Please read our written submission for more details. I now ask Professor David Nash, of Oxford Brookes University, and Jane Donnelly, our Human Rights Officer, to elaborate further.
Speech by Professor David Nash, Oxford Brookes University
(6:36 – 9:40 on video)
I have researched and published on blasphemy for 20 years, and have advised a number of western governments for 10 years notably in the UK and Australia.
Very few countries still have blasphemy laws, as blasphemy laws as opposed to religious hatred laws, and these are entirely the remnant of much older laws and the attitudes that go with them. But Ireland’s constitutional requirements have led to a new law – the only newly constructed modern law in the west. As such it is a significant break with past laws (and past laws in Ireland itself).
Although there have been no prosecutions in Ireland, it is clear that this law has victims beyond these shores, as other countries actively cite and view Ireland’s law as a precedent to persecute both the religious and non-religious in their own societies.
It is this which has led the United Nations special Rapporteur on Freedom of Religion (Professor Heiner Bielefeldt) to liaise with me, and to request reports from me on the situation in Ireland, in recognition of the potential impact of Ireland’s law upon other nations.
He has asked me to pass on this message to you, the members of this Convention.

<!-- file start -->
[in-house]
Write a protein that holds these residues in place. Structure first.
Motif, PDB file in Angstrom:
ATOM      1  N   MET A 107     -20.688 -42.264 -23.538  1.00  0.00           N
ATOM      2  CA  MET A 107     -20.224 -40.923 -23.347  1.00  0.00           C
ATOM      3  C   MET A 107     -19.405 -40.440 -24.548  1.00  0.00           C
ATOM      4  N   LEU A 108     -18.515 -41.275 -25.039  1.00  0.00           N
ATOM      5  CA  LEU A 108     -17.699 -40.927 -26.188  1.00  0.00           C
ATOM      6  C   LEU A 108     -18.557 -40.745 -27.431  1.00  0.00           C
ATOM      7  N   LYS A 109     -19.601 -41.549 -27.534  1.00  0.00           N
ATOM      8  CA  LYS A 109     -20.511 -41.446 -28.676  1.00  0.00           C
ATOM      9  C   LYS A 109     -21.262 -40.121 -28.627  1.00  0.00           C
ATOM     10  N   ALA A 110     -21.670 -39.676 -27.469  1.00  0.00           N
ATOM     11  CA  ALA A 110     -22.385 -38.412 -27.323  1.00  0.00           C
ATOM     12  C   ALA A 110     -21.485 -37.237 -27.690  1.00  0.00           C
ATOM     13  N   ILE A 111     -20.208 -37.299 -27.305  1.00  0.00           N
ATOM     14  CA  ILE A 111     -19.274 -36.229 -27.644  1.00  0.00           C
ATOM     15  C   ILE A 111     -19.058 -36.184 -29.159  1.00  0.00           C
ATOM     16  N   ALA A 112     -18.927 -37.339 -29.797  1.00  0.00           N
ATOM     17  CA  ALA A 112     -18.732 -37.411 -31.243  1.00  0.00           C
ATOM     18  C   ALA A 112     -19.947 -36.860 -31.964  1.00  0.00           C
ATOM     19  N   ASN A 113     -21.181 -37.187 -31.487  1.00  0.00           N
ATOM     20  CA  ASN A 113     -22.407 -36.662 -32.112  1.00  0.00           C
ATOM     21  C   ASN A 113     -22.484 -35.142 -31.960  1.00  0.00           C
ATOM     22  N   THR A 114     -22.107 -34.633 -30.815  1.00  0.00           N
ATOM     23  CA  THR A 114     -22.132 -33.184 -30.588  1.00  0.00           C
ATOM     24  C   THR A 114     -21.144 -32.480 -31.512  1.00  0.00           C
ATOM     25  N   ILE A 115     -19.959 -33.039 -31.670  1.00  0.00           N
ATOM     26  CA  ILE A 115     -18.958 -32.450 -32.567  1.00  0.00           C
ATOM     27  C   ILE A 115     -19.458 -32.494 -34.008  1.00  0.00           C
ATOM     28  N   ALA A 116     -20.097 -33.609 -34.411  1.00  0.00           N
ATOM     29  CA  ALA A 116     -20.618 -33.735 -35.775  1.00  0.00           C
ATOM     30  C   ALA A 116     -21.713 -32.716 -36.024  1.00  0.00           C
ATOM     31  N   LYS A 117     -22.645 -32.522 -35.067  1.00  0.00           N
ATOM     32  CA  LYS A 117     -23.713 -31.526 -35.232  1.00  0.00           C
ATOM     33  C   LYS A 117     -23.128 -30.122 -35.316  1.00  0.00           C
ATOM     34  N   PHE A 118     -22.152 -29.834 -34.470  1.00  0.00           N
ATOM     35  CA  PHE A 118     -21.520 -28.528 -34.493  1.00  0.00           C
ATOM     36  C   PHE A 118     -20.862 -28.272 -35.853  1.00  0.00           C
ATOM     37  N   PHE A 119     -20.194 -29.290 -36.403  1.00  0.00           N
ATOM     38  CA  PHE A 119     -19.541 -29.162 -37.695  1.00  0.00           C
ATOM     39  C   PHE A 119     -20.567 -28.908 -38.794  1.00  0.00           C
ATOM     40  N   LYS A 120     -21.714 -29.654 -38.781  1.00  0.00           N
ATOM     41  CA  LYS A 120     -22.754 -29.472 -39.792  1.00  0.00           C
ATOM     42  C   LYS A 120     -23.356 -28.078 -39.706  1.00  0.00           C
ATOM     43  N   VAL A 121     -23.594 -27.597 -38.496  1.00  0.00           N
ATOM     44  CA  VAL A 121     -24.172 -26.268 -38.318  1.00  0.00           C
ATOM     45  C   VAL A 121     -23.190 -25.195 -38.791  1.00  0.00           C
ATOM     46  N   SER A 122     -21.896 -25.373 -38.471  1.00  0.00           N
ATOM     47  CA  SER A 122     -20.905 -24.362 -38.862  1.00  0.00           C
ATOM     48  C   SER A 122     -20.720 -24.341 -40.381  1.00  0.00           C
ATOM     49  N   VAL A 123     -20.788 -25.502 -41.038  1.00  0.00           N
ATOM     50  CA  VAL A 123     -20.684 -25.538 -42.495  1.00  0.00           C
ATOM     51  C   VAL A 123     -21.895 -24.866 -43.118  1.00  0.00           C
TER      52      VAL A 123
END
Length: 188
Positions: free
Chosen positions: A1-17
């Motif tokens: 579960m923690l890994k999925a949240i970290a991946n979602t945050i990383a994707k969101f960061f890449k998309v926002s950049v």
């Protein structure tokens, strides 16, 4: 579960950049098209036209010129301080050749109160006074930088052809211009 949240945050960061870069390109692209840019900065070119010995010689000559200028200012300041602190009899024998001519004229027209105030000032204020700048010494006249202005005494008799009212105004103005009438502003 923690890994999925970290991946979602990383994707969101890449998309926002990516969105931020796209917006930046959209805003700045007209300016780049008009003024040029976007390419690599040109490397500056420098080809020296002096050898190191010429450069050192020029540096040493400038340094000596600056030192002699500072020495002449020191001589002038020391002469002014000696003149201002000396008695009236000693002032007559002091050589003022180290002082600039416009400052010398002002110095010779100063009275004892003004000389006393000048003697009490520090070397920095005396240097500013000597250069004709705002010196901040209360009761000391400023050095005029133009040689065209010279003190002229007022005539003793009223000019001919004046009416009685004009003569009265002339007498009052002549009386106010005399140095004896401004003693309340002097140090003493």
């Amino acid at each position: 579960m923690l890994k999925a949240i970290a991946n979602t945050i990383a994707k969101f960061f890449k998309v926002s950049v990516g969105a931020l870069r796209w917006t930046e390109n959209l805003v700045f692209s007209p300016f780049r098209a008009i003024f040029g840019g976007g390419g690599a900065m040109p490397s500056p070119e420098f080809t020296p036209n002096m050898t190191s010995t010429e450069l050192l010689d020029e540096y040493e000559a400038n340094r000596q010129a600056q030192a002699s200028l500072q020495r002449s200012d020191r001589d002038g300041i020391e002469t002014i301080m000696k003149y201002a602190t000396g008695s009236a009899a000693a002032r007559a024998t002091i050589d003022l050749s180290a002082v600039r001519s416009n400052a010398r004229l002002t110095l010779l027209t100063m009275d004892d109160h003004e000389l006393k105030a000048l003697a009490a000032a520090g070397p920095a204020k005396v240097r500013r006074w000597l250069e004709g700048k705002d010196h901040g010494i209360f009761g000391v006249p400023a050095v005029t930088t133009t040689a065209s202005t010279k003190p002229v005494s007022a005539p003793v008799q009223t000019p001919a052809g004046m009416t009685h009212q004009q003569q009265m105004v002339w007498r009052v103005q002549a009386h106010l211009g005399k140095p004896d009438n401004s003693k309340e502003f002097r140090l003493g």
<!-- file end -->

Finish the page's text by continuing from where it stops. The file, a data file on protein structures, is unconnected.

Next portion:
‘There is a growing consensus within the human rights community that we have to move away from anti-blasphemy laws which, as countless examples demonstrate, generally have intimidating effects on religious belief minorities, dissenters, converts and others.
Rather than resorting to blasphemy legislation, what we ought to do is try to overcome stereotypes and prejudices by enhancing interreligious and intercultural communication’
Professor Bielefeldt, myself and others request the removal of Ireland’s Constitutional requirement to have this law, thus ending the damage it currently does to the secular and religious life of this and other nations.
Speech by Jane Donnelly , Human Rights Officer Atheist Ireland
(9:40 – 11:44 on video)
Asia Noreen Bibi is the face of blasphemy laws. She is a 43-year-old Christian mother from Pakistan, who faces execution by hanging after being convicted of blasphemy. And two politicians who supported her have been murdered for doing so.
In April 2009, Dermot Ahern told the Dail that the Irish Constitution obliged him to introduce a new law against blasphemy. Two months later, in June 2009, in Pakistan, Asia Bibi went to fetch water while picking fruits in the fields near her village.
Some Muslim co-workers objected to Asia touching the water bowl because she was a Christian and therefore unclean. Five days later, her co-workers claimed that Asia had made critical comments about Muhammad, and a mob gathered to punish her.
Asia was convicted of blasphemy, and sentenced to hang. When the Governor of Punjab questioned her conviction, he was murdered by one of his own bodyguards. The Minorities Minister in the Government, a Christian, defended her and he was murdered too.
We in Atheist Ireland, along with other human rights campaigners, have sought the release of Asia Bibi, and other such victims. We are regularly told that we in Ireland have just passed our own new blasphemy law, so why are we complaining about theirs?
During all of this, the Pakistani Government was leading the Islamic States at the United Nations in calling for an extension of blasphemy laws around the world, using wording taken directly from Ireland’s new blasphemy law.
In today’s world, our actions in Ireland affect real people elsewhere. Please send a message to Asia Bibi, the face of blasphemy laws, and to her captors, by voting to remove the blasphemy clause from our Constitution.